Thursday, November 09, 2006

Triumph of the bland

I halved a red pumpkin, scooped out the seeds and stringy stuff, anointed it with a little olive oil and some caraway and cumin and salt, and put it in a gas mark 6/200 C oven. While it was cooking, I chopped an onion and a clove of garlic, and fried them in olive oil until soft and golden.

The pumpkin was not quite soft after an hour. I turned down the oven to gas mark 4/180 C (high enough to continue the cooking process, but not so high as to scorch the flesh), and gave the pumpkin another 30 minutes.

I poured four ladlefuls of stock on to the onion and garlic, and brought the pan to a simmering point. I scooped the flesh from the pumpkin shells, added it to the pan with a little more salt, and simmered for five minutes. I blended the soup with a stick blender. I threw in some chopped parsley.

It was bland.

The next day, I reheated the soup with some more stock, garlic, spices, and a tin of cannellini beans. It was still bland.

The blandness of this pumpkin was, oddly, assertive. It was an enveloping nullity. Like a weak hi-fi component, or like a slow member of a walking party, it reduced its partners to its mediocre level. There is something depressing about that.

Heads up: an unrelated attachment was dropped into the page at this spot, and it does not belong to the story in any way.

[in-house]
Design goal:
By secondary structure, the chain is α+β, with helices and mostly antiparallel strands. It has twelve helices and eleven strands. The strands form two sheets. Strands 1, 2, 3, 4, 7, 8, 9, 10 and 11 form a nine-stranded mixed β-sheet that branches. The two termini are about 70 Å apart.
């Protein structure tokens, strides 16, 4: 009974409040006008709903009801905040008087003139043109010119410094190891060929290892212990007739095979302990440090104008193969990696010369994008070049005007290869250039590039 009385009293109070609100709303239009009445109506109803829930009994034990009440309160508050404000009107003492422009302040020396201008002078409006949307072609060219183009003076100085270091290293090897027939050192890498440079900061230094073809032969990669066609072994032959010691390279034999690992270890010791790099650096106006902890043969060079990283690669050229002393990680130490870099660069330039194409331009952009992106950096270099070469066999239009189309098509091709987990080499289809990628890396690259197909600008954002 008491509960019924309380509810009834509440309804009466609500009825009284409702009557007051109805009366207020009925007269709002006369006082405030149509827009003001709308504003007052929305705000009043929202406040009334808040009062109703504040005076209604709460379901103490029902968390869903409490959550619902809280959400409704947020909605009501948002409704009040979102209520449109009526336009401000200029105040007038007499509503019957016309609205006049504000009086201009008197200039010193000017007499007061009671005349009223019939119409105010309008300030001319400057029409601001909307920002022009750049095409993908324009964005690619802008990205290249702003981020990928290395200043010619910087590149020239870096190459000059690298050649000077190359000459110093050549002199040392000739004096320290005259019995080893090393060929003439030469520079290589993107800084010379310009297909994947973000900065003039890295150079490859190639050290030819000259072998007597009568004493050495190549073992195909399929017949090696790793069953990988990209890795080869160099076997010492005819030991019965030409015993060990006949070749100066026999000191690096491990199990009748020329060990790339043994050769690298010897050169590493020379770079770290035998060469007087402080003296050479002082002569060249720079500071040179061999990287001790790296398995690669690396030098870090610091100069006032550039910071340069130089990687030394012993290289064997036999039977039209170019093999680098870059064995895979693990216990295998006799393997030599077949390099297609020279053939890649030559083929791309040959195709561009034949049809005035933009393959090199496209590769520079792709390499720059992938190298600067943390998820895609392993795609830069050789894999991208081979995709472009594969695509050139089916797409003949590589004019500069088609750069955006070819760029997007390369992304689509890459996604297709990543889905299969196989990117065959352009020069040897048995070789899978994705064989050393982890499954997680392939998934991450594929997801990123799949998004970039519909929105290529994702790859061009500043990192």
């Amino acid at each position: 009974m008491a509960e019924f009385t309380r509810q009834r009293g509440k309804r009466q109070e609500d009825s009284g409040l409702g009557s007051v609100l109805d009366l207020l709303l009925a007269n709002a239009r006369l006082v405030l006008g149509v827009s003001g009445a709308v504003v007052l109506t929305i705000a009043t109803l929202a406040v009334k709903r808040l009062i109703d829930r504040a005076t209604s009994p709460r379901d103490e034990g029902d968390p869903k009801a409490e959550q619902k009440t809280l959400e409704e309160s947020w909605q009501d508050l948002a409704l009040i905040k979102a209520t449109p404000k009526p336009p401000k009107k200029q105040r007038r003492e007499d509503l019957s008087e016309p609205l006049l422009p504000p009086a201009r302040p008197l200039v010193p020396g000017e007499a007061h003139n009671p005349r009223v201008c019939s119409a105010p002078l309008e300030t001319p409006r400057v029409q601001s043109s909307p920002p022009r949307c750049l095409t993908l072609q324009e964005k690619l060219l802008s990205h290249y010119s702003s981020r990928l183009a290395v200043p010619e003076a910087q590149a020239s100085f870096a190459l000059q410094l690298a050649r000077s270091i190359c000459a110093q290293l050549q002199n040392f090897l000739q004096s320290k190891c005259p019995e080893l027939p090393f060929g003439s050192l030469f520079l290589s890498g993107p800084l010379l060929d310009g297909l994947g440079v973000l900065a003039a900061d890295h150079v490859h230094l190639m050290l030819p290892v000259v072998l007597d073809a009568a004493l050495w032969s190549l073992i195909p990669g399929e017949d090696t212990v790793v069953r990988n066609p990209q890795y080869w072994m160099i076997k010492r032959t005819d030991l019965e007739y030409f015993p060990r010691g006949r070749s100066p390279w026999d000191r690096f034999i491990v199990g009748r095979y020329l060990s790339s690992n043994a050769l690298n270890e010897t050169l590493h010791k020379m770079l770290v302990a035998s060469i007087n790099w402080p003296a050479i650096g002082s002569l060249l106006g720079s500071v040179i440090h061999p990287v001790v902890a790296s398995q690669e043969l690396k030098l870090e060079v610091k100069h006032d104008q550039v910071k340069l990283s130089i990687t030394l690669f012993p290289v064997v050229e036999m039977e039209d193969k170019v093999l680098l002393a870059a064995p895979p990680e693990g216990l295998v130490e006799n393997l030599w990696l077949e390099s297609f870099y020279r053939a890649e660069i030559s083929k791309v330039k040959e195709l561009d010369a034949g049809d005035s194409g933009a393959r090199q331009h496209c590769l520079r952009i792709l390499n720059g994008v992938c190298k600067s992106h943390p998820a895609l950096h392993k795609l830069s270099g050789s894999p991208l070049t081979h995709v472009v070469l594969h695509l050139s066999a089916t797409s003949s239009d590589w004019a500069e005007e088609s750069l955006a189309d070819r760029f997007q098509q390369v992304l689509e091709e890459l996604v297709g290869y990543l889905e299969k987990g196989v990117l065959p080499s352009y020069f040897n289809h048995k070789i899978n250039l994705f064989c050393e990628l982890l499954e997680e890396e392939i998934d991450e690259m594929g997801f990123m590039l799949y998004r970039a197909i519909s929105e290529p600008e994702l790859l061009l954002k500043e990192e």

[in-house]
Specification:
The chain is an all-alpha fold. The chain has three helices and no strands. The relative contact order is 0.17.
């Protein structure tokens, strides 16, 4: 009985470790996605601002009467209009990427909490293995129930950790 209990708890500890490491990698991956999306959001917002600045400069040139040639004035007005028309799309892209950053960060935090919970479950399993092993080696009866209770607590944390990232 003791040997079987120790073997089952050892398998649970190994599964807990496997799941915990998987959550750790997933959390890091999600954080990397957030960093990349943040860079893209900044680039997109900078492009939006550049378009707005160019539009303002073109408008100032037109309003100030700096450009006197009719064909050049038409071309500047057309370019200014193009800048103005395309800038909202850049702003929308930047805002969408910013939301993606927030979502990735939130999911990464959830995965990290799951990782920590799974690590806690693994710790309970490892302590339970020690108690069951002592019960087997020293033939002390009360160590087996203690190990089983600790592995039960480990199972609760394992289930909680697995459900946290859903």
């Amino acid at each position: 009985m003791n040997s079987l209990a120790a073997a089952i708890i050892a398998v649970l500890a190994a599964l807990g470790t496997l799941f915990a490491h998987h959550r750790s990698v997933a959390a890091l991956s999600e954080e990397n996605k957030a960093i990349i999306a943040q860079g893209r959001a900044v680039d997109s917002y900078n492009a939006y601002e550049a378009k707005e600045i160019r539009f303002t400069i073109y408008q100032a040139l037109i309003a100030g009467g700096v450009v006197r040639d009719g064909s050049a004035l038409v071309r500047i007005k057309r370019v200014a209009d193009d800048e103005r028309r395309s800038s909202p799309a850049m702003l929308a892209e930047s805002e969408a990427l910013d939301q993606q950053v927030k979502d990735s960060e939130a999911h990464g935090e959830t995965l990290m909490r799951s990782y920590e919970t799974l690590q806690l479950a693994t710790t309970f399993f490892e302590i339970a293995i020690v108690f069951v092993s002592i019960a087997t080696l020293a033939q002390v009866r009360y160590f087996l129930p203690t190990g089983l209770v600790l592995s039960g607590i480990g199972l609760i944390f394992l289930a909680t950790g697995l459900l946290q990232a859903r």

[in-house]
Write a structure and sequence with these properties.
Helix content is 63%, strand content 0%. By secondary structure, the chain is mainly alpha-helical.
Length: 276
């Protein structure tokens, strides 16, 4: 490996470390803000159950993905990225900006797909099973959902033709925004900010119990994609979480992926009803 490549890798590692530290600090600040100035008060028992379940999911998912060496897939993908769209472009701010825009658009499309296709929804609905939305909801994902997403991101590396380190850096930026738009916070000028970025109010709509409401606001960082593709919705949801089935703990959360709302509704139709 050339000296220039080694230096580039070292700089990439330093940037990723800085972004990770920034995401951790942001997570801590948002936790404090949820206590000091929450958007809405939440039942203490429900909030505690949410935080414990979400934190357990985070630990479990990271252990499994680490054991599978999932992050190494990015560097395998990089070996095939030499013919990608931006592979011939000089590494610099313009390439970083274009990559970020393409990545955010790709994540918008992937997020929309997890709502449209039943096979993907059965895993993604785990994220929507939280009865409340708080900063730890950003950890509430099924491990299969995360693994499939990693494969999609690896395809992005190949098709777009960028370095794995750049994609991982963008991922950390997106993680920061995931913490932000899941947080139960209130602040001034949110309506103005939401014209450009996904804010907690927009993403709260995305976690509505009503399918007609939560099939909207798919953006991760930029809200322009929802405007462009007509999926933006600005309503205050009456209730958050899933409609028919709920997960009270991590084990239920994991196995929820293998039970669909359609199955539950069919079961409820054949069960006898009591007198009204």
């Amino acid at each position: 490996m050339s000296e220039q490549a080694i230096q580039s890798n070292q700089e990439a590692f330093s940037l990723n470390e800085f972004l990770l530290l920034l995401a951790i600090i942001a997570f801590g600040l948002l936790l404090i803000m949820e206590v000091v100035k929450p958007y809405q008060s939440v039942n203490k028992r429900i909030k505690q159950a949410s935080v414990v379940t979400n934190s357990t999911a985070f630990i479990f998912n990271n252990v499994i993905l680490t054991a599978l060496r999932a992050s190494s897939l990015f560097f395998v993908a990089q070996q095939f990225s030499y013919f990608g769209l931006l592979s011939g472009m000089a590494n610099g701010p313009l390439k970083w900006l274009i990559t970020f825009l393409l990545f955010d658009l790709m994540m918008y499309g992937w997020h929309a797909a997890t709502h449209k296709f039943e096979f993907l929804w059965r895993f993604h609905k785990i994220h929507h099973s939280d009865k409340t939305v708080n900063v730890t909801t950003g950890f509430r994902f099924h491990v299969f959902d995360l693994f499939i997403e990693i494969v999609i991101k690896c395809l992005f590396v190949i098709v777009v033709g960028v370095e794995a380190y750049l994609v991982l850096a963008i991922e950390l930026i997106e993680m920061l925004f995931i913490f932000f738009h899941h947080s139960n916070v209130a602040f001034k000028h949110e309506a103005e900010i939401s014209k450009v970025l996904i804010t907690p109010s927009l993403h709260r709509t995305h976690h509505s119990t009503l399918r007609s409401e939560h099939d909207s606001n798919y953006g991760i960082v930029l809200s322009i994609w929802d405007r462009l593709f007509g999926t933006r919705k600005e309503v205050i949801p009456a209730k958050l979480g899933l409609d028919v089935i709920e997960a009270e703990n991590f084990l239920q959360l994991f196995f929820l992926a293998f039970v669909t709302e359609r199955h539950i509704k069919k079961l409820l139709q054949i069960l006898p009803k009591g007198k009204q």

The same soup made with butternut squash would have been delicious.


equiano said...

We harvested 10kg and a 7kg pumpkins from our garden (of which I am obviously inordinately proud). Have worked our way through the former and will shortly begin the latter. Haven't solved the pumpkin vs butternut squash soup dilemma yet ourselves, but in the meantime recommend Rose and Gray's first RIVER CAFE COOKBOOK pumpkin soup recipe where potatoes, red onions, marjoram and chillies as additions to the pumpkin do the trick - delicious!

Ms Baroque said...

I think this is the quality my mother calls "the tyranny of the weak".

So true, too, re the pumpkin. You can never tell if it's a good one or a bad one till you open it.